Data from a recently published meta-analysis showed that administrating tenofovir in the second or third trimester of pregnant women with hepatitis B and high HBV DNA levels was safe and tolerable for both mother and child, and can prevent viral transmission when combined with HBV immunoglobulin and vaccine.
“Majority of worldwide guidelines recommend tenofovir as the preferred choice for [mother-to-child transmission] prevention in terms of anti-viral potency, available safety data during pregnancy and concerns for resistance compared to other anti-viral agents. To date, a small number of case series and relatively well-designed non-randomized controlled trails … using tenofovir have been conducted,” the researchers wrote. “However, since there is only one [randomized control trial] currently available, there are still concerns whether [one] provides sufficient evidence to disregard all the other [non-randomized control trials].”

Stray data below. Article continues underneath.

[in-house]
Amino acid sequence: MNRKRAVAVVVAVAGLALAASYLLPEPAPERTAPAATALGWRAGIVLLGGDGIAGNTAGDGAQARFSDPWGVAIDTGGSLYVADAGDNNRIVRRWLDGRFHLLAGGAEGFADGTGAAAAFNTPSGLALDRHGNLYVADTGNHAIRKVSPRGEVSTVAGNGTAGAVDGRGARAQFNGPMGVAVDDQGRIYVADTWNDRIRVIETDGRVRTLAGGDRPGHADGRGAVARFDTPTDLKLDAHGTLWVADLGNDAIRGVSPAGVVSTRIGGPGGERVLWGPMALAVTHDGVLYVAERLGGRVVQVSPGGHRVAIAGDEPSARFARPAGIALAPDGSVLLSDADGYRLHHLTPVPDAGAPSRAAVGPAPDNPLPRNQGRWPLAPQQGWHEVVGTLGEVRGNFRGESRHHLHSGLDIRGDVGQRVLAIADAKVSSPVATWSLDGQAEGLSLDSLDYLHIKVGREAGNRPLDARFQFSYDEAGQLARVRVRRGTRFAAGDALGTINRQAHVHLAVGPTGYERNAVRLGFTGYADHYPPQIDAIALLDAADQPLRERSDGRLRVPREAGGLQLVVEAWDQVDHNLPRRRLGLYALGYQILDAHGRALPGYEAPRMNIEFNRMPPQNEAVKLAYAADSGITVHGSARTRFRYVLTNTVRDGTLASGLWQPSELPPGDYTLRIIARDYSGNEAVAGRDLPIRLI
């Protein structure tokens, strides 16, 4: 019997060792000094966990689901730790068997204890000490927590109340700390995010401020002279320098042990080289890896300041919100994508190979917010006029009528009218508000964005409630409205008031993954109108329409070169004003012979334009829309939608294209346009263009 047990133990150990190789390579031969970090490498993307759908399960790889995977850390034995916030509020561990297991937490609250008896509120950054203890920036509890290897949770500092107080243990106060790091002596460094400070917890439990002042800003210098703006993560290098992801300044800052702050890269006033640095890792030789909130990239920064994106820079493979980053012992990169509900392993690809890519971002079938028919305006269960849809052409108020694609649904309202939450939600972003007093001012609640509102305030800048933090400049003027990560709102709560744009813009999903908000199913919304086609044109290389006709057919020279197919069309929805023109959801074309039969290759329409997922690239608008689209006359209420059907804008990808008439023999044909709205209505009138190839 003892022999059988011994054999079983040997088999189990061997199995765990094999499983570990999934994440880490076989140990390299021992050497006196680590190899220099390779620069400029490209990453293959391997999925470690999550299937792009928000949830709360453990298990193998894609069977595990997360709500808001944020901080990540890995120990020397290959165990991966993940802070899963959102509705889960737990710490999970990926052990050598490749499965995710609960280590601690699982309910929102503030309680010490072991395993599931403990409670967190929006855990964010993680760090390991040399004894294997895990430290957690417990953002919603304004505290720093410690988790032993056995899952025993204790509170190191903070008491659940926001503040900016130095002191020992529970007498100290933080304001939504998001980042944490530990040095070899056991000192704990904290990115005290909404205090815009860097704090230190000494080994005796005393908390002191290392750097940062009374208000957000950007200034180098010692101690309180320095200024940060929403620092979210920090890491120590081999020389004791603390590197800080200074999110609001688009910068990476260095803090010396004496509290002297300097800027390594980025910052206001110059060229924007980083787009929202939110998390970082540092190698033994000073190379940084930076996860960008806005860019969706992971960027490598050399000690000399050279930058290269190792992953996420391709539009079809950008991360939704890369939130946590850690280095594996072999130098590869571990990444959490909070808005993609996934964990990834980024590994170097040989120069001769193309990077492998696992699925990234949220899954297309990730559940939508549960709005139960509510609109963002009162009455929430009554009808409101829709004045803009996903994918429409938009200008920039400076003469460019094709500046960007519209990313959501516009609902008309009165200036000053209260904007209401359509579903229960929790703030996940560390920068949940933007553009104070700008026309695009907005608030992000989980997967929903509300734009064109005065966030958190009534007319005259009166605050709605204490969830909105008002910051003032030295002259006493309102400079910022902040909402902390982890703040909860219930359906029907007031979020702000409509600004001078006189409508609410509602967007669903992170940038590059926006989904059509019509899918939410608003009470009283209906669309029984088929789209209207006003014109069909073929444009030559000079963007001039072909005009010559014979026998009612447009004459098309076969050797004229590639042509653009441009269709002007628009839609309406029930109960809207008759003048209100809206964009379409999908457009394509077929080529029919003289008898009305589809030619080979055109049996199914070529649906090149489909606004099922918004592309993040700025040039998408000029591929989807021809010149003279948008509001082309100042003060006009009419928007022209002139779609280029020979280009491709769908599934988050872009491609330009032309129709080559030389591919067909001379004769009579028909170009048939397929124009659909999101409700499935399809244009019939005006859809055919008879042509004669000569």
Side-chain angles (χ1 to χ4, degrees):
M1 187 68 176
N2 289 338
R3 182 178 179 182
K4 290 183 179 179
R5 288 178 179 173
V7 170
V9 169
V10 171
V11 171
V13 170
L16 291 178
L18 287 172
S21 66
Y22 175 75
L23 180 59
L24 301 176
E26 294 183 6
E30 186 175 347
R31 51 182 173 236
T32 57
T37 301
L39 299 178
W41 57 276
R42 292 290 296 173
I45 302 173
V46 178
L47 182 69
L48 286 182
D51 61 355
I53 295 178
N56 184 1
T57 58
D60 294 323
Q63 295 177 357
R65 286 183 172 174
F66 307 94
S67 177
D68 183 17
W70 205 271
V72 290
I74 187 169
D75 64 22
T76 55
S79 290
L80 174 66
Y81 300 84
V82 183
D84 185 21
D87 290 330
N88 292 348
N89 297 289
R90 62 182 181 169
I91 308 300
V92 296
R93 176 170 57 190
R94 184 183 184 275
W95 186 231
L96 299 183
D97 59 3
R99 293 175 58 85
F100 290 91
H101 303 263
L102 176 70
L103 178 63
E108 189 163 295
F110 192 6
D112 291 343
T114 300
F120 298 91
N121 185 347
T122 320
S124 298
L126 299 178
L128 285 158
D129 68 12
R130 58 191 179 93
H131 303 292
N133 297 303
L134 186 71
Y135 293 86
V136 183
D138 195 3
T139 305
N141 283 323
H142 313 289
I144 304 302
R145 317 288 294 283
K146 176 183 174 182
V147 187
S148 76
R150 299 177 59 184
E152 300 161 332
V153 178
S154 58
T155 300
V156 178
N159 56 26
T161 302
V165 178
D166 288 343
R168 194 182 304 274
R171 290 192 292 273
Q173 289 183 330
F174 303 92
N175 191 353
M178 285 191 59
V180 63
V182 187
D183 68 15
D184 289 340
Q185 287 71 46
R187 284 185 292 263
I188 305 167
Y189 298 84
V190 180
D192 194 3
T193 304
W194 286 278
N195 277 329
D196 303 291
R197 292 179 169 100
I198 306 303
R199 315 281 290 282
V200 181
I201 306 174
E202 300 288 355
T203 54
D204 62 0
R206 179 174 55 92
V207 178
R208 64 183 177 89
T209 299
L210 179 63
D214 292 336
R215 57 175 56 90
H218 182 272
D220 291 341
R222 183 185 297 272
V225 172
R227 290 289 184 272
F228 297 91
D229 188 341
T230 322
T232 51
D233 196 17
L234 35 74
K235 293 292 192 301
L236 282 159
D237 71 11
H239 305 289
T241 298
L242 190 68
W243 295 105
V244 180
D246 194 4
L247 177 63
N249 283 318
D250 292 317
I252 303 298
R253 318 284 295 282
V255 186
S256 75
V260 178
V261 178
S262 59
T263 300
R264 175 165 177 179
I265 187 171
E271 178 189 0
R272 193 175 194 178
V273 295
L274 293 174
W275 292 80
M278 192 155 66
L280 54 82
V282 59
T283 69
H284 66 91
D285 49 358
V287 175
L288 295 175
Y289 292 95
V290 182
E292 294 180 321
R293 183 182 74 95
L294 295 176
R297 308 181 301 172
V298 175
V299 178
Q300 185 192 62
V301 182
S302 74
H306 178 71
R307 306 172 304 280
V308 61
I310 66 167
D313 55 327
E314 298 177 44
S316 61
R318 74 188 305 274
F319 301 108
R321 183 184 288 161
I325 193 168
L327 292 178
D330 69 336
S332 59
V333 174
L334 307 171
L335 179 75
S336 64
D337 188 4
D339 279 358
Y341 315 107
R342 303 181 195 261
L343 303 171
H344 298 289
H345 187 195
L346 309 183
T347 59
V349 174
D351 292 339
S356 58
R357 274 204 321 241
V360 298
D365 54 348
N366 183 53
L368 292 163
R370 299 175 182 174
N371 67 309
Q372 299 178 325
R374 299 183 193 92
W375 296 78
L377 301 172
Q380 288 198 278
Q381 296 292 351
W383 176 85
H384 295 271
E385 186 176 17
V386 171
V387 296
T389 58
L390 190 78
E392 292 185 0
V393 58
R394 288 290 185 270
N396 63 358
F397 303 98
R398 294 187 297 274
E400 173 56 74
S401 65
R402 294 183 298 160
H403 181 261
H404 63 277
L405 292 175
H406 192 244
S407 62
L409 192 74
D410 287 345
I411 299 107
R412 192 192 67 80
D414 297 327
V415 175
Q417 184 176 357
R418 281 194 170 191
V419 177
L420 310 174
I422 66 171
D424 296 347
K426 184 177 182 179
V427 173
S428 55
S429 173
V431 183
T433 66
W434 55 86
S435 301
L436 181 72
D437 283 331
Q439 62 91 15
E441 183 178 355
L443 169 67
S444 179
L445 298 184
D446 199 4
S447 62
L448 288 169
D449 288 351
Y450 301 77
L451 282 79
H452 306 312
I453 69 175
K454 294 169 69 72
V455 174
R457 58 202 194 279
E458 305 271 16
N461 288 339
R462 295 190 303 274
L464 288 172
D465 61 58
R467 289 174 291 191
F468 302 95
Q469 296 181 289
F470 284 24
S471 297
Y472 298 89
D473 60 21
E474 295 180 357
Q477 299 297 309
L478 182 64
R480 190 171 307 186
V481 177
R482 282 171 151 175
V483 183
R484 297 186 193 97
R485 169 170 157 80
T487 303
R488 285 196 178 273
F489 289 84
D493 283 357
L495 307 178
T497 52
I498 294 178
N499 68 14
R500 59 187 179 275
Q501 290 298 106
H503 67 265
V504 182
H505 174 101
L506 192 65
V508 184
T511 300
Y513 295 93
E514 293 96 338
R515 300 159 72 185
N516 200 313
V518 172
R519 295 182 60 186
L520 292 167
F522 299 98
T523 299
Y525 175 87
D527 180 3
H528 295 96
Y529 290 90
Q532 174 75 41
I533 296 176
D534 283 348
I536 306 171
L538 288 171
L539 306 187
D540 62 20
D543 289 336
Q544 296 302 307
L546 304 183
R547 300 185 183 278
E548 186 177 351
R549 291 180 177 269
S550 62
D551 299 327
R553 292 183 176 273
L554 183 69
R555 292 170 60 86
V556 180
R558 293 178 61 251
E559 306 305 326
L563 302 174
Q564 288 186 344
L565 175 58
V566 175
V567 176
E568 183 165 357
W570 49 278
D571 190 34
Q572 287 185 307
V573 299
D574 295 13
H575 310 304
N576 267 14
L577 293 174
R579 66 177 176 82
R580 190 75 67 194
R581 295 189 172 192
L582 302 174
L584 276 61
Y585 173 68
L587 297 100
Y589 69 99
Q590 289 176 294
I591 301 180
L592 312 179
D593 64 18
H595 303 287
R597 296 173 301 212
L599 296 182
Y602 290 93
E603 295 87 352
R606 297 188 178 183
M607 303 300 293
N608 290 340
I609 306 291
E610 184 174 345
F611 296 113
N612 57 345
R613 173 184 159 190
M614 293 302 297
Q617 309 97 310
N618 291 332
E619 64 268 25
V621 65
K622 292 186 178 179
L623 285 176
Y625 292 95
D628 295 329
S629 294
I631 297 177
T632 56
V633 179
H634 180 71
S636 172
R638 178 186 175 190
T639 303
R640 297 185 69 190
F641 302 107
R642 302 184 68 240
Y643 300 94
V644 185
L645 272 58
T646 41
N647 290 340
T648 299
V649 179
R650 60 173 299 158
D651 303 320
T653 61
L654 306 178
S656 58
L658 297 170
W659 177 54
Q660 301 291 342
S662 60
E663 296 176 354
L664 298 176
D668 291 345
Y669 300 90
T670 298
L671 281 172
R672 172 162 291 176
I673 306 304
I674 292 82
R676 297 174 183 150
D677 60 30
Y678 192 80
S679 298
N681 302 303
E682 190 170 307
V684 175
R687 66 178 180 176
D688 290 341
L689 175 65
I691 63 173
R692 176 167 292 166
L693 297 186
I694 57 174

The researchers reviewed the PubMed, EMBASE and Cochrane databases from inception to Aug. 16, 2016, for cases that included data on tenofovir use in pregnant women with HBV during the second or third trimester and control comparisons. The meta-analysis included 10 studies — one randomized control trial, four non-randomized control trials and five case studies — with a total of 733 patients. The randomized and non-randomized control trials had comparable data.